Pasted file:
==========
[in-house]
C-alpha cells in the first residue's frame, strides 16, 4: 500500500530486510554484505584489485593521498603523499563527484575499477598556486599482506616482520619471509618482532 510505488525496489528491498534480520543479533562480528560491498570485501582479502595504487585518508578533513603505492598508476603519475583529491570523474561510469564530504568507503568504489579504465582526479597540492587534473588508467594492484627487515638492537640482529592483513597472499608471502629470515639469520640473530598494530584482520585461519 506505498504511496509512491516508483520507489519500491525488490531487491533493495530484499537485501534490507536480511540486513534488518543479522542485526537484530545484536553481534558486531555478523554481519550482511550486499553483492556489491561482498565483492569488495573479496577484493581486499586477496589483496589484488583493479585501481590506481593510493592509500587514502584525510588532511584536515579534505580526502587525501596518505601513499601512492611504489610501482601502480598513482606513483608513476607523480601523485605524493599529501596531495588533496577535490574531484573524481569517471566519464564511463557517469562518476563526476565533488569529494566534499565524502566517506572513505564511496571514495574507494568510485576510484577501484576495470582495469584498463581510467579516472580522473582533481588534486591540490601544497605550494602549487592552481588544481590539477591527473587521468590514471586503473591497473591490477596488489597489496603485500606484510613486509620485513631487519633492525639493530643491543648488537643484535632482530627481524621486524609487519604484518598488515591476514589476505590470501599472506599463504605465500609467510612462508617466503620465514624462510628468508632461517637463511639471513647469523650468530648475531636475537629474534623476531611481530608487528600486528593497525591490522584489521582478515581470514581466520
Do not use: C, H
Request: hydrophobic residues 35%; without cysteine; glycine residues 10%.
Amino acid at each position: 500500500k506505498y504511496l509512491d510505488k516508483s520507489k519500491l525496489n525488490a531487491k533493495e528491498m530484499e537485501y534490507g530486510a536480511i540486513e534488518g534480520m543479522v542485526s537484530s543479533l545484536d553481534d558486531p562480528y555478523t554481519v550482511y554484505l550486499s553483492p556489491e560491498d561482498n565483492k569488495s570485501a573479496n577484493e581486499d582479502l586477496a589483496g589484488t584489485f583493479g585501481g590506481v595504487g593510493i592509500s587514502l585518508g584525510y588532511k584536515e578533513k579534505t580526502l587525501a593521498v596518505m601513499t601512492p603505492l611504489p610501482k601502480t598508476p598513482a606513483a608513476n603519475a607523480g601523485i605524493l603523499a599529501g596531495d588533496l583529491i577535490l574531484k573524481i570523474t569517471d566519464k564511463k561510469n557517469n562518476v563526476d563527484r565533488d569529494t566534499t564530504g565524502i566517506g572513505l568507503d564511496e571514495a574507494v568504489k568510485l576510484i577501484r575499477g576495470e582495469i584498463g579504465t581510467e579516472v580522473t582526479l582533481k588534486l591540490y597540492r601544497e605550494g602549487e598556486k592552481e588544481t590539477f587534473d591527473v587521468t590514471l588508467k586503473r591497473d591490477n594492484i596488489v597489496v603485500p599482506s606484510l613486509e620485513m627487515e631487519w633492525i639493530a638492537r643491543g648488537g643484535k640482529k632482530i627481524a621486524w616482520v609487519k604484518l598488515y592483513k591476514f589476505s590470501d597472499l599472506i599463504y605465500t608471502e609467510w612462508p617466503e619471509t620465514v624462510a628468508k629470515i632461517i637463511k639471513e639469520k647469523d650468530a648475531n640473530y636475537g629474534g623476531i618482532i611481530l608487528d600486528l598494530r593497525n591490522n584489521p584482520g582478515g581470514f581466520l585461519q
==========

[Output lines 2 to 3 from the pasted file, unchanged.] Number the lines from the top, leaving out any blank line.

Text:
C-alpha cells in the first residue's frame, strides 16, 4: 500500500530486510554484505584489485593521498603523499563527484575499477598556486599482506616482520619471509618482532 510505488525496489528491498534480520543479533562480528560491498570485501582479502595504487585518508578533513603505492598508476603519475583529491570523474561510469564530504568507503568504489579504465582526479597540492587534473588508467594492484627487515638492537640482529592483513597472499608471502629470515639469520640473530598494530584482520585461519 506505498504511496509512491516508483520507489519500491525488490531487491533493495530484499537485501534490507536480511540486513534488518543479522542485526537484530545484536553481534558486531555478523554481519550482511550486499553483492556489491561482498565483492569488495573479496577484493581486499586477496589483496589484488583493479585501481590506481593510493592509500587514502584525510588532511584536515579534505580526502587525501596518505601513499601512492611504489610501482601502480598513482606513483608513476607523480601523485605524493599529501596531495588533496577535490574531484573524481569517471566519464564511463557517469562518476563526476565533488569529494566534499565524502566517506572513505564511496571514495574507494568510485576510484577501484576495470582495469584498463581510467579516472580522473582533481588534486591540490601544497605550494602549487592552481588544481590539477591527473587521468590514471586503473591497473591490477596488489597489496603485500606484510613486509620485513631487519633492525639493530643491543648488537643484535632482530627481524621486524609487519604484518598488515591476514589476505590470501599472506599463504605465500609467510612462508617466503620465514624462510628468508632461517637463511639471513647469523650468530648475531636475537629474534623476531611481530608487528600486528593497525591490522584489521582478515581470514581466520
Do not use: C, H